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You are here: Home FAQ What are the implications for Ontario Public Health Units?
What are the implications for Ontario Public Health Units? Print E-mail
Ontario Public Health Practioners

Ontario's Public Health Standards and Multiple Intervention Programming

Public health planners and evaluators have limited resources and many issues to deal with. In Ontario, to guide the work of boards of health, Ontario’s Ministry of Health and Long-Term Care released new standards for public health programs in the fall of 2008. The Ontario Public Health Standards were developed in partnership with the ministries of Health Promotion and Children and Youth Services. Created to replace the 1997 Mandatory Health Programs and Services Guidelines, the new standards are designed to promote population health and reduce inequity in health.

Under the new standards, all programs grow from a “foundational standard,” which states they must be based on population health assessment, surveillance, research and knowledge exchange and evaluation. They must also be guided by four principles: need, impact, capacity and partnership and collaboration. [ Link . See “Four Principles: Ontario Public Health Standards” for more details on considering these principles in planning multiple intervention programs.]

The new standards set desired outcomes for the mandatory programs and services each board of health must provide, although they recognize that boards tailor programs and services to meet local needs.

The standards cover five areas: chronic disease and injuries, family health, infectious diseases, environmental health and emergency preparedness, and a total of 13 programs.

The role of multiple intervention programs under the Ontario Public Health Standards

The standards actually call for multiple interventions by encouraging boards of health "to use integrated and comprehensive approaches for the assessment, planning, delivery and management of programs.” They add that “Comprehensive approaches require a broad-based, multifaceted range of activities that employ more than one health-promotion strategy" (OPHS. Principles. 2. Impact). Specifically the standards call for:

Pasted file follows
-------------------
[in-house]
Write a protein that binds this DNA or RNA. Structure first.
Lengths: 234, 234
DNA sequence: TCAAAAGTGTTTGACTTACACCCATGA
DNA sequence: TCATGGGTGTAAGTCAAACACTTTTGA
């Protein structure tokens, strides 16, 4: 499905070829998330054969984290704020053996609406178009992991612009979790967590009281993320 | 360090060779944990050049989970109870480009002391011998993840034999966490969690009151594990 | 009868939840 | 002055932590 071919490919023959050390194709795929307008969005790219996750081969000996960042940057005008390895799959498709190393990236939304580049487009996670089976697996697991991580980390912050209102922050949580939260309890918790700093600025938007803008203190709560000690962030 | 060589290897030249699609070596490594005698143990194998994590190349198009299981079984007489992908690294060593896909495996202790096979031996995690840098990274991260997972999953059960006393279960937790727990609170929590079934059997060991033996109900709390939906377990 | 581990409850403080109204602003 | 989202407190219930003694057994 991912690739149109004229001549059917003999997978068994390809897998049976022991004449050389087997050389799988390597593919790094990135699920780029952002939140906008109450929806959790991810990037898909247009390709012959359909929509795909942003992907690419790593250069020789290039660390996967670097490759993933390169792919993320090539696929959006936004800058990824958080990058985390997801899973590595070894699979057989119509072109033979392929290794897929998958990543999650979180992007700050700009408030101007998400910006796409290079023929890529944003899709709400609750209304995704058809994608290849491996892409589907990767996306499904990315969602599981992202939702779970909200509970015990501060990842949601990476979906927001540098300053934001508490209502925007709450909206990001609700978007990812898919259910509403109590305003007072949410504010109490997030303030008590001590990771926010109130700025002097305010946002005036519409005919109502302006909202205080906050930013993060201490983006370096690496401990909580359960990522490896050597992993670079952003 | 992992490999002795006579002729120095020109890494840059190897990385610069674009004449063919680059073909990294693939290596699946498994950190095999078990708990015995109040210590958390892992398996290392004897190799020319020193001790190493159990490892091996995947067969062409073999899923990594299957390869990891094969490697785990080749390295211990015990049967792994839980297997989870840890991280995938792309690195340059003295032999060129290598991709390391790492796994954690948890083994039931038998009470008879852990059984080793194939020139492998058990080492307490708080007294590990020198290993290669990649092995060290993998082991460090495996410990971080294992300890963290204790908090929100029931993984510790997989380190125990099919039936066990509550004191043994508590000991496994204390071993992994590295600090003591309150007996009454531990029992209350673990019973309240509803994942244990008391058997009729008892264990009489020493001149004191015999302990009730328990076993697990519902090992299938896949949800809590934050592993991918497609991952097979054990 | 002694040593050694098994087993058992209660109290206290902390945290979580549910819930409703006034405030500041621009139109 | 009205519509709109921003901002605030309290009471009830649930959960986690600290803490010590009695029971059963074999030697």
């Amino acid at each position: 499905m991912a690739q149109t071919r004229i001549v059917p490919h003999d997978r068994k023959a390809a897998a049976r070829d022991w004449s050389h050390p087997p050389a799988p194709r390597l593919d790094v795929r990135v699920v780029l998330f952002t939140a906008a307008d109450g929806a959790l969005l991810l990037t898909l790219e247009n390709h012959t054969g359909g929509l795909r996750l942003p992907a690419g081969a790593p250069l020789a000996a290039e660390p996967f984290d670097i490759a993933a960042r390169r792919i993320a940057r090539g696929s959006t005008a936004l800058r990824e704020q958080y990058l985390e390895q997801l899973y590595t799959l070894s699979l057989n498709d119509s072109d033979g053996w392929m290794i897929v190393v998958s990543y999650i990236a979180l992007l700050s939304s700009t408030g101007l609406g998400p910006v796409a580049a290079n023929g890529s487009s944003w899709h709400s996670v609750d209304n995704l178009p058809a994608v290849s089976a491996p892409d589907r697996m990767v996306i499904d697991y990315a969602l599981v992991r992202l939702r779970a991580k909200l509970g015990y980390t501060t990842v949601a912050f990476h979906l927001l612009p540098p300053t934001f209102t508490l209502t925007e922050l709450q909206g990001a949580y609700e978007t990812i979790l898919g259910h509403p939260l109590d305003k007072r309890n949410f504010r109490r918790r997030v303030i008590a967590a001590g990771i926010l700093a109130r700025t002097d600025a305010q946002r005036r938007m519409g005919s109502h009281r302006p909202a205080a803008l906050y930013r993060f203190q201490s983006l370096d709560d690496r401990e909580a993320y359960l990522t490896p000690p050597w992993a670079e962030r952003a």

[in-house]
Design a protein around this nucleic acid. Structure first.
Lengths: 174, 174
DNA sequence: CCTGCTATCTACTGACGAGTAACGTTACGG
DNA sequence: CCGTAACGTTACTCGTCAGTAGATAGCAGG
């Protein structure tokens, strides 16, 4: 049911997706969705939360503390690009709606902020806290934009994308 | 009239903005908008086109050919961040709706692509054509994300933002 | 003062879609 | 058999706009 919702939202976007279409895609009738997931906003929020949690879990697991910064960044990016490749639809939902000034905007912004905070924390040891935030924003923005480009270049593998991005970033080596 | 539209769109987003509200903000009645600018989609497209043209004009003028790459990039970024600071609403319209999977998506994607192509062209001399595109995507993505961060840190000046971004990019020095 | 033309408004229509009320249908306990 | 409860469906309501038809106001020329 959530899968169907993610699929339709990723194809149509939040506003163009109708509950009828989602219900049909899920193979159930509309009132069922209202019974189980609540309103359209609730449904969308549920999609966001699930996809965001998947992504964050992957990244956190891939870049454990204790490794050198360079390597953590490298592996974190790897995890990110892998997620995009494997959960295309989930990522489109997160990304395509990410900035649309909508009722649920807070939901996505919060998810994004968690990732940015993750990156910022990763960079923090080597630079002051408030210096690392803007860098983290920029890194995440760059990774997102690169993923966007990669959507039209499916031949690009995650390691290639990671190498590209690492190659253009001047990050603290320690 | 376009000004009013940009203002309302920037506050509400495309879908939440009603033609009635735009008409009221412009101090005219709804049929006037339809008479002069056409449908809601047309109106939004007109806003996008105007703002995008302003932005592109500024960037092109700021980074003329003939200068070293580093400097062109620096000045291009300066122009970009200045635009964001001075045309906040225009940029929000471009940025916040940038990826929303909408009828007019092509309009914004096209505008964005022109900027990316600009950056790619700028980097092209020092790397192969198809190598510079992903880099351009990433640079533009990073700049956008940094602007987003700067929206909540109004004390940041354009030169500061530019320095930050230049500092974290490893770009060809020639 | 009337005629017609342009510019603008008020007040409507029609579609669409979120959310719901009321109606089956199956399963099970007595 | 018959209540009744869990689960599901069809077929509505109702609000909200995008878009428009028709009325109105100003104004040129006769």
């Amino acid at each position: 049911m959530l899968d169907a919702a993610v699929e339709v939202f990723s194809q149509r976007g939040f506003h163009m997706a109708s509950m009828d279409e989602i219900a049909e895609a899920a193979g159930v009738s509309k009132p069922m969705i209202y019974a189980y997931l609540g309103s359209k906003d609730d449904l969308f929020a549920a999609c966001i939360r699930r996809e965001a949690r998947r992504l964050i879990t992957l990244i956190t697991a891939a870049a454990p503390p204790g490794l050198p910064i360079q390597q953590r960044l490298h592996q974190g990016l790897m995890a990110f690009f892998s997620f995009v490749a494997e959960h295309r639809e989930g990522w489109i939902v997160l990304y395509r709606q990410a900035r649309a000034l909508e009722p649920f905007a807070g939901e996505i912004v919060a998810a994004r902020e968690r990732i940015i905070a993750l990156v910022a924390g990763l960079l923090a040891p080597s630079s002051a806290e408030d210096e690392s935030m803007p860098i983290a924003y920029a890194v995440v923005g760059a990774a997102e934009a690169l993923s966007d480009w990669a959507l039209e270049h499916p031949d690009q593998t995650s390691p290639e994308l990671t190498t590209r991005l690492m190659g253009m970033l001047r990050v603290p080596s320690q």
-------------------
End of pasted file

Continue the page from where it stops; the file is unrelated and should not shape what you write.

Using local data in decisions about program assessment, planning, delivery and management

This includes assessing the impact of the determinants of health on people in the area, their health status and the incidence of disease as part of continuous health-risk assessment. The socio-ecological assessment process we describe in the toolkit [link] meets this requirement.

Considering the determinants of health

Ensuring disadvantaged sub-populations are appropriately served must be one of the goals as you choose interventions. We include the determinants in the directions for choosing appropriate interventions and combinations of interventions in Module 2 and also have you consider possible synergies among different interventions that may benefit sub-populations.

Monitoring unintended consequences

Module 4 recommends monitoring for both negative and positive outcomes of comprehensive interventions (OPHS. Principles. 2. Impact)


The standards encourage partnerships with community agencies, non-governmental organizations and various levels of government (OPHS. Principles. 4. Partnership and Collaboration). Module 1 can help you identify where and when involving partners will optimize the effectiveness and sustainability of interventions.

Using evidence

The new public health standards state "Public health programs and services that are informed by evidence are the foundation for effective public health," (OPHS. Foundational Standard) and add that it’s important to ask whether there is "reasonable evidence of the effectiveness of the intervention in the scientific literature or in reviews of best practices" (OPHS. Principles. 2. Impact). The activities in Modules 3 includes reviewing and assessing evidence; and modules 2 and 3 both focus on the using evidence to choose the right combinations and staging of interventions.

Co-ordinating for synergy

Throughout the tool kit, we emphasize the importance of co-ordinating programming to maximize impact and build synergy. That’s in keeping with the new standards to link programs at various system levels. Co-ordinated programming is more effective and efficient and can generate greater support for boards of health developing multiple intervention programs (Edwards, MacLean, Estable, & Meyer, 2006).

If you work in public health in Ontario, you may also be interested in reading about the development of the OPHS as an example to understand changing context, in Module 3.

Using the toolkit to develop and deliver public health programs should help Ontario’s boards of health to achieve the comprehensive, coordinated care the public health standards call for.

Last Updated on Monday, 22 June 2009 22:55